[argyllcms] Re: Characterizing a scanner using Argyll

  • From: Gerhard Fuernkranz <nospam456@xxxxxx>
  • To: argyllcms@xxxxxxxxxxxxx
  • Date: Mon, 02 Feb 2009 22:07:52 +0100

Asman, Andrew J wrote:
> ... but because of the fact that I want to analyze printed output, as opposed 
> to photos, I found that using an Argyll-generated target (using targen and 
> printtarg) produces better results because the target matches the type of 
> media that I want to  measure.

Of course, for optimal results, the prints from different printer
models, or with different inks, or different kind of halftoning, etc.
would need to be treated as different media types as well, i.e. you
should profile your scanner individually for each
printer/paper/ink/print-mode/etc. combination you want to measure with
the scanner. Then you'd also no longer have a gamut issue, since the
calibration target printed on each printer could always cover the full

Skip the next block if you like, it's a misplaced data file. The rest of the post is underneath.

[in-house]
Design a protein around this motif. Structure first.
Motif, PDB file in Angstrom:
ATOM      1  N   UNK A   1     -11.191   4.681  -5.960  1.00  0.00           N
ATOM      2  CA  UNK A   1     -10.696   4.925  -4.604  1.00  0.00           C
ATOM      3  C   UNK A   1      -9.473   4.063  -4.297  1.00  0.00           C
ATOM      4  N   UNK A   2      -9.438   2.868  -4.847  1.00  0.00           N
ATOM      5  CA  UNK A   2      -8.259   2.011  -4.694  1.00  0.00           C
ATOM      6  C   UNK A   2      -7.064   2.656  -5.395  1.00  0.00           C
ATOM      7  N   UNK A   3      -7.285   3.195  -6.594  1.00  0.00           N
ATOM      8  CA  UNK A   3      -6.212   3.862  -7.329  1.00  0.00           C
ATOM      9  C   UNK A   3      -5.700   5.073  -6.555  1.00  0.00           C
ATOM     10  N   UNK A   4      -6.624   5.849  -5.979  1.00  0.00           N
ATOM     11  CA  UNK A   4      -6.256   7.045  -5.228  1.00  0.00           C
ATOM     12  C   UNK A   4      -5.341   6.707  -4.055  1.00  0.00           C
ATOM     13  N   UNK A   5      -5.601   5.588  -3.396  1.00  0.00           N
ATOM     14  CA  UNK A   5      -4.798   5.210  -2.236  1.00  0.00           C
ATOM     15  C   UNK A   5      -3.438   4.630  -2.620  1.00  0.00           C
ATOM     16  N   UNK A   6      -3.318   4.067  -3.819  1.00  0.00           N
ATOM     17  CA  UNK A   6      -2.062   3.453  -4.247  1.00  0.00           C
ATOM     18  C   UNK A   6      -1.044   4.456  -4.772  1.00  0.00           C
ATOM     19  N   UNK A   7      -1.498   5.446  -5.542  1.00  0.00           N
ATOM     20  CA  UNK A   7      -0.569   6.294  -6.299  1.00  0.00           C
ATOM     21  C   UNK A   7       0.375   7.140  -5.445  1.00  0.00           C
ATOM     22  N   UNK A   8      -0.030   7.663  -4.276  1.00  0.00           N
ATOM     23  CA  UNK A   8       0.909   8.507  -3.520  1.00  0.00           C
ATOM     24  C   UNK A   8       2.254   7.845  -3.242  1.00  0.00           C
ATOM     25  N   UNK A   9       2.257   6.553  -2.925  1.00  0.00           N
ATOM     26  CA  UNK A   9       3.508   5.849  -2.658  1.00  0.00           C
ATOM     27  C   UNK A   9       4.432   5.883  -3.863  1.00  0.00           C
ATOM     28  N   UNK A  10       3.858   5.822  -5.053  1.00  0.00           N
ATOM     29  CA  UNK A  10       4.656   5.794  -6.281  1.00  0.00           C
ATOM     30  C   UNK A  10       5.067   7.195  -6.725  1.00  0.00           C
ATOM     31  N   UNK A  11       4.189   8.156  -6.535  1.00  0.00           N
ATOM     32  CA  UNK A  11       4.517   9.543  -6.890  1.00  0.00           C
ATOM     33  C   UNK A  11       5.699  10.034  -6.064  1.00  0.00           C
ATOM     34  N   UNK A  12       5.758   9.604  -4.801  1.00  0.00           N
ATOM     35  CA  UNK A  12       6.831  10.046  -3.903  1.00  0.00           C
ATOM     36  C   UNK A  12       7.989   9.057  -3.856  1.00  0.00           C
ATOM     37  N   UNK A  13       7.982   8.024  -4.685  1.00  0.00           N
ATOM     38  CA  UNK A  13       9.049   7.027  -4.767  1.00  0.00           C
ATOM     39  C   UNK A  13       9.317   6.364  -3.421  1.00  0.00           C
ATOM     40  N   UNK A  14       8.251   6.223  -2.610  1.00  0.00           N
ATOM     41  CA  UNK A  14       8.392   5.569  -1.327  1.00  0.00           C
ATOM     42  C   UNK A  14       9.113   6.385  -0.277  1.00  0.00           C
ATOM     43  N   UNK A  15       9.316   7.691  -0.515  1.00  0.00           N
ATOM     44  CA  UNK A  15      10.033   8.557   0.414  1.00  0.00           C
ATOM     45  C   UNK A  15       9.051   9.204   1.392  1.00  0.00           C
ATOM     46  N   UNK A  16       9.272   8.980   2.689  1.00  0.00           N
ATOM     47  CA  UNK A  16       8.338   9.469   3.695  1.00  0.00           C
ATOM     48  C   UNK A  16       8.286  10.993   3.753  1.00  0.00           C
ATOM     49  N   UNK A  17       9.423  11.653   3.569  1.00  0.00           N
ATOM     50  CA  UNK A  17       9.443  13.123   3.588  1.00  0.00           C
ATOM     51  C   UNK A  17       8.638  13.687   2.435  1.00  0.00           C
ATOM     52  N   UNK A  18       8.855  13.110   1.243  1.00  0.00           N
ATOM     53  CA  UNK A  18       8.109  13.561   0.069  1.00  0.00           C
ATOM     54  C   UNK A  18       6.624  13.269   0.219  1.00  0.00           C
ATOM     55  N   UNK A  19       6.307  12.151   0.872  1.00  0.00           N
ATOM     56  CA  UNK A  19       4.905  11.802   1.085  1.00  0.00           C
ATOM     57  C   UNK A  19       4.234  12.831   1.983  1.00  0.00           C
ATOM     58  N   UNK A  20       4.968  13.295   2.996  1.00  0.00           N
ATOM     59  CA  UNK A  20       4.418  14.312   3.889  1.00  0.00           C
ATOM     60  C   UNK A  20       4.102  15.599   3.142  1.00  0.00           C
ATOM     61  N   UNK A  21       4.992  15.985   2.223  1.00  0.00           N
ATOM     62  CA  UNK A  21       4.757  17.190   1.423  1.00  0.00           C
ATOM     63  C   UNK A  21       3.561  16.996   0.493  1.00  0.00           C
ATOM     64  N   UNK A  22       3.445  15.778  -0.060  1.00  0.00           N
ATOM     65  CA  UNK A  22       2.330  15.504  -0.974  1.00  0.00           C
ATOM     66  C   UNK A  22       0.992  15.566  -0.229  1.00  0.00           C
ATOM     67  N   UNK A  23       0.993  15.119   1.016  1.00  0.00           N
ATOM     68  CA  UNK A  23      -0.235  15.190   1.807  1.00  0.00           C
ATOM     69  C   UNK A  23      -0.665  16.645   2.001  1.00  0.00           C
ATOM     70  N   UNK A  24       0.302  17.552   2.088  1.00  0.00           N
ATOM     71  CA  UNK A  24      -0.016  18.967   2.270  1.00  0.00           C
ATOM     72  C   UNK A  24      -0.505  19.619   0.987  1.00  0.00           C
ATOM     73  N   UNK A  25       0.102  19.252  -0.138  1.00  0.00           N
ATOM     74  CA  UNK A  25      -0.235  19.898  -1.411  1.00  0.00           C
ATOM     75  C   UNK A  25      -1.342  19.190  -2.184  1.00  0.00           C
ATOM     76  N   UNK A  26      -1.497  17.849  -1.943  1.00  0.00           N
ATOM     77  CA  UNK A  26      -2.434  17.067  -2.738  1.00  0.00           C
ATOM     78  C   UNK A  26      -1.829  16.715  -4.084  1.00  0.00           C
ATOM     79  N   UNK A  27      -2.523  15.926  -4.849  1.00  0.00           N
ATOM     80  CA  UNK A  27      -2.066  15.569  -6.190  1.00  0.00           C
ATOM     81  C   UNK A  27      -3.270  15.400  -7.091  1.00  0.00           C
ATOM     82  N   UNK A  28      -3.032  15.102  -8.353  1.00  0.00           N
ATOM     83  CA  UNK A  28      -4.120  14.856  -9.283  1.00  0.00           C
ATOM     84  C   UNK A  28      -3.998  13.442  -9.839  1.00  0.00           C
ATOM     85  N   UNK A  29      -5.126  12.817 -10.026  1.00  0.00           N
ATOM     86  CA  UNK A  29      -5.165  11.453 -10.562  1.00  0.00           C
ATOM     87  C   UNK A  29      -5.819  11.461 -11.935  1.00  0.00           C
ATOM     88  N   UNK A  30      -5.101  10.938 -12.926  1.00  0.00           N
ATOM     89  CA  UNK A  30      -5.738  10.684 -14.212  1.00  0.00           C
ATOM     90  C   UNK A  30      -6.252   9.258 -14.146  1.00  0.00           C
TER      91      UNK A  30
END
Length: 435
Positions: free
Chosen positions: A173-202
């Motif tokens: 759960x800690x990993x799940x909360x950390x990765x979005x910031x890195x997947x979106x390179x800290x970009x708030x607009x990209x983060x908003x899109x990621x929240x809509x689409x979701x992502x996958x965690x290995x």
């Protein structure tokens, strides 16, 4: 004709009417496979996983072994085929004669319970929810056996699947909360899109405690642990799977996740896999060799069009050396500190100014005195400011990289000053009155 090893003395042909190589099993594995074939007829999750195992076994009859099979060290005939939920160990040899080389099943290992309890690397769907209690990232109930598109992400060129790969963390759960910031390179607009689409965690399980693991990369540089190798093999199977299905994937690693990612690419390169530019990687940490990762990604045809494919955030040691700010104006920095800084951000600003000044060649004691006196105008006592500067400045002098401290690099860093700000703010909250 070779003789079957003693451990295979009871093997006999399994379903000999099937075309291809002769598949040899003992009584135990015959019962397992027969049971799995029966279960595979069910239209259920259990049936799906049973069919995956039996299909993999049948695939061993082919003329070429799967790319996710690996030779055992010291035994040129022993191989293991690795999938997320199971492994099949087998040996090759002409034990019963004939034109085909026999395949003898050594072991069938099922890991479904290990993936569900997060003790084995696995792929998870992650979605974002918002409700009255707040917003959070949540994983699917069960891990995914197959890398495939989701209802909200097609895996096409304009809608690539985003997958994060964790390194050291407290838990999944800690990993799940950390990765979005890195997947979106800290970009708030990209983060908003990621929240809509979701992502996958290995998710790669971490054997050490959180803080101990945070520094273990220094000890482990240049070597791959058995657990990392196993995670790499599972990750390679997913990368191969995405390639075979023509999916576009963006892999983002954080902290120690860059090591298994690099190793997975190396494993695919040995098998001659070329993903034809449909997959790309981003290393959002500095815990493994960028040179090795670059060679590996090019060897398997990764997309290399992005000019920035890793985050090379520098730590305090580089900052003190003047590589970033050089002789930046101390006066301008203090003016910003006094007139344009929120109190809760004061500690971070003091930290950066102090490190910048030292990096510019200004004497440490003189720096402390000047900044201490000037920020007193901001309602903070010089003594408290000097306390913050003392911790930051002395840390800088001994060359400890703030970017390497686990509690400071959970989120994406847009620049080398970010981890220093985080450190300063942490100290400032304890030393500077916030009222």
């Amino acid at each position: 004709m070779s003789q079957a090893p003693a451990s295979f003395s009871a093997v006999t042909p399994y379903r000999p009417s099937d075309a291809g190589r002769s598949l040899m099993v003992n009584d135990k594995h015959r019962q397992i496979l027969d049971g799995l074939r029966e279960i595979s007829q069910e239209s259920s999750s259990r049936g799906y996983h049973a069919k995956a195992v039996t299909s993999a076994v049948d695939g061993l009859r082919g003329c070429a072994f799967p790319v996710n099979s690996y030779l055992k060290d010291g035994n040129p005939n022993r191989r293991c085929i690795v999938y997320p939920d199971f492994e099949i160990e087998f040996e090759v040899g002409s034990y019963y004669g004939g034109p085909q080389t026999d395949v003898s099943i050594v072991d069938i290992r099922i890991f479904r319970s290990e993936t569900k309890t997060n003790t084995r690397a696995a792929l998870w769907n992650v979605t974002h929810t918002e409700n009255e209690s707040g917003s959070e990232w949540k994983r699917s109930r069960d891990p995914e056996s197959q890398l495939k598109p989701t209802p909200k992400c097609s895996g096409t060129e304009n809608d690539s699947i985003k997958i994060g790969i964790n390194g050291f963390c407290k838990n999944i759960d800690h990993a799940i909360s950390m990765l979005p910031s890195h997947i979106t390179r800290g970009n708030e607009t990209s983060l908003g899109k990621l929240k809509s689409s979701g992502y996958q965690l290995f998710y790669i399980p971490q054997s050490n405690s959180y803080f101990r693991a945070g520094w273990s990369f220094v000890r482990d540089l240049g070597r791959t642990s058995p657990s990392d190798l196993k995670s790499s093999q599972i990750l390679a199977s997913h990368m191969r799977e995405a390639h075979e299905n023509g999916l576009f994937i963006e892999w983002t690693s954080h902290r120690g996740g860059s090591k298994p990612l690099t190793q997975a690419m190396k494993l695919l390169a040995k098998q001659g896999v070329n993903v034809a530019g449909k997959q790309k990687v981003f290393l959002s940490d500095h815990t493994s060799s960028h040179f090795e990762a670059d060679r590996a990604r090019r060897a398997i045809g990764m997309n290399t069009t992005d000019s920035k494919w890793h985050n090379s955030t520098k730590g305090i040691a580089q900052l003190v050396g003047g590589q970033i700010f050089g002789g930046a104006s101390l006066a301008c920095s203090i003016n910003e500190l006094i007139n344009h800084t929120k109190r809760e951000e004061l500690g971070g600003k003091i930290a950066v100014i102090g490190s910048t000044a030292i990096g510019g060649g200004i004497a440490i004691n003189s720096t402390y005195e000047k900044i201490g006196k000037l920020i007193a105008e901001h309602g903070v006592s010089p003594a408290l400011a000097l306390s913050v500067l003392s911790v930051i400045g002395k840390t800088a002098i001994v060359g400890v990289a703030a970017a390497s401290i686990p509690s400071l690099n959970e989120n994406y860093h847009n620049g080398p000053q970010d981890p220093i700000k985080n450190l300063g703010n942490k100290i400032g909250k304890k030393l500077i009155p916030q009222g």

gamut of this printer.

Also keep in mind that CMYK is a 4-dimensional space, while a scanner
can only capture 3-dimensional readings, and typically there is
significant observer metamerism between scanners and the human vision.
This implies that there will exist pairs of CMYK tuples resulting in
identical scanner RGB numbers, although they don't have the same XYZ
color, or vice versa there will exist  pairs of CMYK tuples which do
have the same XYZ color, albeit the scanner will nevertheless see
different RGB numbers. Only for a subset of the full 4-dimensional CMYK
space it may be possible to establish a unique, bijective RGB <-> XYZ
mapping, and the colors of all other CMYK tuples (not belonging to this
subset) can only be measured by the scanner with more or less systematic
error (the same applies to scanning media types different from the media
type used to create the profile).

> Additionally, I usually modify the color values on the patches to include 
> significantly more pure colors because I am predominantly measuring a 
> printers ability to uniformly print pure colors (CMYK) on a page.

Due to the reason mentioned above, if the use case is the scanning of
only pure C, M, Y or K ramps, then IMO the target should possibly better
not cover the full 4-dimensional CMYK space, but only a selected subset
the full 4D CMYK space for which a bijective RGB <-> XYZ mapping can be
established  (the desired C, M, Y and K ramps you intend to scan should
of course be part of this subset).


Other related posts: